First Look

Scouting Micah Parsons: LB can be one of nation's top five players

Micah Parsons
Penn State's Micah Parsons is the only sophomore in Big Ten history to win the Butkus-Fitzgerald Linebacker of the Year award. (AP Photo/Steve Luciano)

Editor's note: Micah Parsons announced on Aug. 6, a couple months after this post was initially published, that he's opting out of the 2020 season amid the COVID-19 pandemic and intends to enter the 2021 NFL Draft as an underclassman. analyst and former NFL scout Daniel Jeremiah takes a "first look" at some of college football's top players for 2020. This is the third in a series of scouting reports that will run throughout the offseason.

The NFL game has always valued speed, but it seems like it has become even more important over the last few years. Teams like the Kansas City Chiefs overwhelm opponents with their speed at the skill positions, and defenses have been forced to adjust. You need speed all over the field to compete against teams like K.C. That is especially true at linebacker. There was a time when you could roll with a big, physical player at the position and sacrifice some speed on early downs before subbing him out of the game in passing situations. Not anymore. Those players have been forced out of the league. You need dynamic athletes at the position on every down. You need guys like Penn State junior Micah Parsons.

Height, weight: 6-foot-3, 244 pounds (school measurements).

2019 statistics: 109 tackles (52 solo), 14 for loss, five sacks, five passes defensed, four forced fumbles, one fumble recovery.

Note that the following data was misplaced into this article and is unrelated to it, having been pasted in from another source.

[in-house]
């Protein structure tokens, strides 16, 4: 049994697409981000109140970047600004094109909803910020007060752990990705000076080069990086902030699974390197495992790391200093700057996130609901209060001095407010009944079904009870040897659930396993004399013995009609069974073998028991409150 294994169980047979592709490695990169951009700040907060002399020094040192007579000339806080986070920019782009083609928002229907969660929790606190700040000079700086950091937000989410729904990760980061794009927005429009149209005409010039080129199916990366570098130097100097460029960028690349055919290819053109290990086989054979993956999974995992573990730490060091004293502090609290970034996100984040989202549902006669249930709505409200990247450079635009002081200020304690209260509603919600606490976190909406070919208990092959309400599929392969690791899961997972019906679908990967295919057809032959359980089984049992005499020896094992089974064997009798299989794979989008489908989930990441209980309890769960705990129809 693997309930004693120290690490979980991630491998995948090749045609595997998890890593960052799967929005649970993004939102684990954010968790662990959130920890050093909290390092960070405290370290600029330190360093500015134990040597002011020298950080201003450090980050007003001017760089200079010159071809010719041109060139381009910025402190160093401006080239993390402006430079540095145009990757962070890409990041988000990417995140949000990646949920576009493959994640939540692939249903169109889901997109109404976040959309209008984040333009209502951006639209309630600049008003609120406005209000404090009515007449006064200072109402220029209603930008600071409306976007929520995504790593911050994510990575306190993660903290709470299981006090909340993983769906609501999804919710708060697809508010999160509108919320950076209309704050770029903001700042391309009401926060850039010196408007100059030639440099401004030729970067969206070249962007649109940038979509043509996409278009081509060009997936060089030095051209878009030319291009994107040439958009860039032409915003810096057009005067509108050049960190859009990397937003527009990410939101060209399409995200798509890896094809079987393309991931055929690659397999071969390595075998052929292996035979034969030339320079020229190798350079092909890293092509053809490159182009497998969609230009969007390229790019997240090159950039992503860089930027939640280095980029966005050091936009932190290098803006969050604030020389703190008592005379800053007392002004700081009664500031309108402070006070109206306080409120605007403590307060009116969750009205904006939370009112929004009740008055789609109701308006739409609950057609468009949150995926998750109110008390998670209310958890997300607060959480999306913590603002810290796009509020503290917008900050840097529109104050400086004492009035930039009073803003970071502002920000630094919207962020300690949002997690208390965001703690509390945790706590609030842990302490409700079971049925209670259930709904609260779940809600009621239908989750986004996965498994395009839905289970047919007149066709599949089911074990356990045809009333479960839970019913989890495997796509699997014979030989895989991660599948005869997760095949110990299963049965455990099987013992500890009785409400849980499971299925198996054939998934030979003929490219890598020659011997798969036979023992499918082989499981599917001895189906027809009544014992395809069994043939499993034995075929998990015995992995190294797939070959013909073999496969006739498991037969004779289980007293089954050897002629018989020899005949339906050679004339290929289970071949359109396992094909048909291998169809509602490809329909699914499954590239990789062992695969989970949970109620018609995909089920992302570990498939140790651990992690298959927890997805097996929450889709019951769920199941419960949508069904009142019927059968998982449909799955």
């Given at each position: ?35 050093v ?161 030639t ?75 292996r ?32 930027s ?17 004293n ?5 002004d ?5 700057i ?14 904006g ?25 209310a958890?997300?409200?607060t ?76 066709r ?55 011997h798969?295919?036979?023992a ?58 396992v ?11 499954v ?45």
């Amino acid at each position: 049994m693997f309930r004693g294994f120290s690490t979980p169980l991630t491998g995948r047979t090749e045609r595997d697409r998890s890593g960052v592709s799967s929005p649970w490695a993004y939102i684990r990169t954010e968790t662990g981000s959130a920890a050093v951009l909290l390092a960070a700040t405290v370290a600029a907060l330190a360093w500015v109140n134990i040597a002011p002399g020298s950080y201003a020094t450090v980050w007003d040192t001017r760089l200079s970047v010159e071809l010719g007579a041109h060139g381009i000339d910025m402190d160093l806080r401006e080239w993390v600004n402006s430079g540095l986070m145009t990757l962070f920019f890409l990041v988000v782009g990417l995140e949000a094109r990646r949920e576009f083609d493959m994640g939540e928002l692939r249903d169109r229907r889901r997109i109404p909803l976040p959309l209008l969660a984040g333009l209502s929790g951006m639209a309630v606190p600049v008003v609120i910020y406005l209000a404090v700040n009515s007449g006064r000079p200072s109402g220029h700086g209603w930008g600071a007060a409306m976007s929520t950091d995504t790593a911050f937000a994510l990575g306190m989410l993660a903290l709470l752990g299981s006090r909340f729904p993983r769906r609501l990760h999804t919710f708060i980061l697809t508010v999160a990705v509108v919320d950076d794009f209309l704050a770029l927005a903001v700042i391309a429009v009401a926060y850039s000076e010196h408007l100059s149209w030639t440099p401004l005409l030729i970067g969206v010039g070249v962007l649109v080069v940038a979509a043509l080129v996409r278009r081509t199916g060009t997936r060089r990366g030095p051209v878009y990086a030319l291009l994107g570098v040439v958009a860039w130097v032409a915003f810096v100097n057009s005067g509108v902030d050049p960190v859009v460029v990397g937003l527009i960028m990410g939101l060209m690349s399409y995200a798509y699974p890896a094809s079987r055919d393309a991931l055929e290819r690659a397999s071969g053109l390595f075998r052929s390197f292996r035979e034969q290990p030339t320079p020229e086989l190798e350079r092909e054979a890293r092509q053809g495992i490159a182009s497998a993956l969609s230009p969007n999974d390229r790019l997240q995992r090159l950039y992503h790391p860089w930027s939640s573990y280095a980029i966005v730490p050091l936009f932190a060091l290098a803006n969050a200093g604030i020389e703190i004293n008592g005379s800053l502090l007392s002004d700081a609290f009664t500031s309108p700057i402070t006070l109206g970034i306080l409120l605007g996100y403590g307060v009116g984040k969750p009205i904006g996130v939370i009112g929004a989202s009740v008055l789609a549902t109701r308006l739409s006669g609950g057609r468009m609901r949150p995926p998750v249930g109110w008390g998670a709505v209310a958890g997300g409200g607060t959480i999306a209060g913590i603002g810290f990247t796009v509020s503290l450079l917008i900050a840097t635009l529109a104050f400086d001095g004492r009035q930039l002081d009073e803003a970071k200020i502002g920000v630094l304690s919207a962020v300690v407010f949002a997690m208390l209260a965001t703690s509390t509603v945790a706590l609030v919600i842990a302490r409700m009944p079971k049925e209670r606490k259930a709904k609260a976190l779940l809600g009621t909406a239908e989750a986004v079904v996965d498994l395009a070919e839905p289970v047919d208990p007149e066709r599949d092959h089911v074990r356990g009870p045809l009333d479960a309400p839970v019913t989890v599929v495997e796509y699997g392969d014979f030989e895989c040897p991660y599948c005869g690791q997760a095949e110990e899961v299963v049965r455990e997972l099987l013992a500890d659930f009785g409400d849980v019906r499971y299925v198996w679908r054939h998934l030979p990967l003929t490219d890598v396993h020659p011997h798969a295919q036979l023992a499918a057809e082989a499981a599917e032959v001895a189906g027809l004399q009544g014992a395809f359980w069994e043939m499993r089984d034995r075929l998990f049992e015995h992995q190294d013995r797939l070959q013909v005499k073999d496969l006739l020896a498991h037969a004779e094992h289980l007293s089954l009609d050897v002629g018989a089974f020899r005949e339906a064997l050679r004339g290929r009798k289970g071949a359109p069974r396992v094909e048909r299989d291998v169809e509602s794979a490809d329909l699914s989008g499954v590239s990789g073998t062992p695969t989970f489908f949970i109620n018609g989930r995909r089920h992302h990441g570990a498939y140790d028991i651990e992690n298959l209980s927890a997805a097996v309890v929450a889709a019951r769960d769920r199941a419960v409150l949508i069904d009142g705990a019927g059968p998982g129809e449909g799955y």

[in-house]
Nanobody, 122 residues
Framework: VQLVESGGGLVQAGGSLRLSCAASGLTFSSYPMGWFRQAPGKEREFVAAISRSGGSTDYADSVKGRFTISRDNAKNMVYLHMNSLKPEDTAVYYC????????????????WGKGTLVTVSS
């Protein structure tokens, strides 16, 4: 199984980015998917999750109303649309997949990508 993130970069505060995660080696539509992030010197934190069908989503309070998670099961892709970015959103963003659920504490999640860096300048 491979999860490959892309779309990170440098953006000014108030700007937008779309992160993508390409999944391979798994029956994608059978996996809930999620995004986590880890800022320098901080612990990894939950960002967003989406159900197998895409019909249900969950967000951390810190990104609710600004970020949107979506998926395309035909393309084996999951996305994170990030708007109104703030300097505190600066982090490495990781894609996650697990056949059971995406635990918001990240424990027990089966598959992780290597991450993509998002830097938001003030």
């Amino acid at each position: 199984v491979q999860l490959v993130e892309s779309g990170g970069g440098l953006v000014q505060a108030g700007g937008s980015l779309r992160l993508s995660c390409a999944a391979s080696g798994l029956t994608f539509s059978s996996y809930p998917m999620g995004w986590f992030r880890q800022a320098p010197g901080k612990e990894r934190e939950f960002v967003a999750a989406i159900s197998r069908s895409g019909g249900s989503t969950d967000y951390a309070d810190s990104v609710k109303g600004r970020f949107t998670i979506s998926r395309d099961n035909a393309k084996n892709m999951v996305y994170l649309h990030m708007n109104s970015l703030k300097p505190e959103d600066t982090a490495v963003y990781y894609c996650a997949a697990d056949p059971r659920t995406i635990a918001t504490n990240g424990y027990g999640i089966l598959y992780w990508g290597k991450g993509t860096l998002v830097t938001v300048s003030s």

Game tape watched: Iowa (Oct. 12, 2019), Michigan (Oct. 19, 2019), Ohio State (Nov. 23, 2019).

What I liked: There is plenty to like about Parsons' game. First of all, he has a big, athletic build for the position. His play speed is excellent and he has the versatility to play off the ball or on the edge. As an inside linebacker, he possesses a trait that is rare in today's college game: He can physically take on blocks. He attacks guards and can escape to make plays after a collision. He did the same versus the fullback in the Iowa game last season. He eats up ground in a hurry when chasing plays to the perimeter and is a very reliable tackler.

Parsons also excels against the pass. He can cover backs and tight ends all over the field. He has the vision and instincts to make plays in zone coverage. He's a dynamic blitzer from the middle or off the edge. He has phenomenal timing and burst. His overall instincts are top-notch.

Where he needs to improve: There weren't many negative plays from Parsons in the three games I studied. He will get overaggressive and overrun the ball at times. However, that is offset by his ability to redirect and eventually find his way back to the ball-carrier. He also had a few issues locating the ball on some zone-read plays in the Ohio State game. Playing against that scheme requires incredible discipline and he was pulled out of position at times.

Biggest takeaway: We've seen some outstanding off-ball linebackers in the last few draft classes. Last year's group featured three first-rounders (Kenneth Murray, Patrick Queen and Jordyn Brooks). Obviously, this is based on a limited exposure to Parsons, but as of right now, I have him graded above all three of those players. He is a complete player. Queen lacked ideal size, Murray had some questions about his instincts and Brooks wasn't quite as physical. Parsons checks off all the boxes.

He reminds me of: Jaylon Smith coming out of Notre Dame. I loved the way Smith played in college. If not for that gruesome injury he suffered against Ohio State in the Fiesta Bowl, he would've been one of the first players off the board in the 2016 draft. He has since recovered to have an outstanding career in Dallas. Parsons has a similar build and playing style. They are both so explosive and aggressive. It's hard to find players with this type of agility and athleticism without sacrificing the size. If Parsons can stay healthy and continue to develop, he will emerge as one of the top five players in the country.

Follow Daniel Jeremiah on Twitter @MoveTheSticks.

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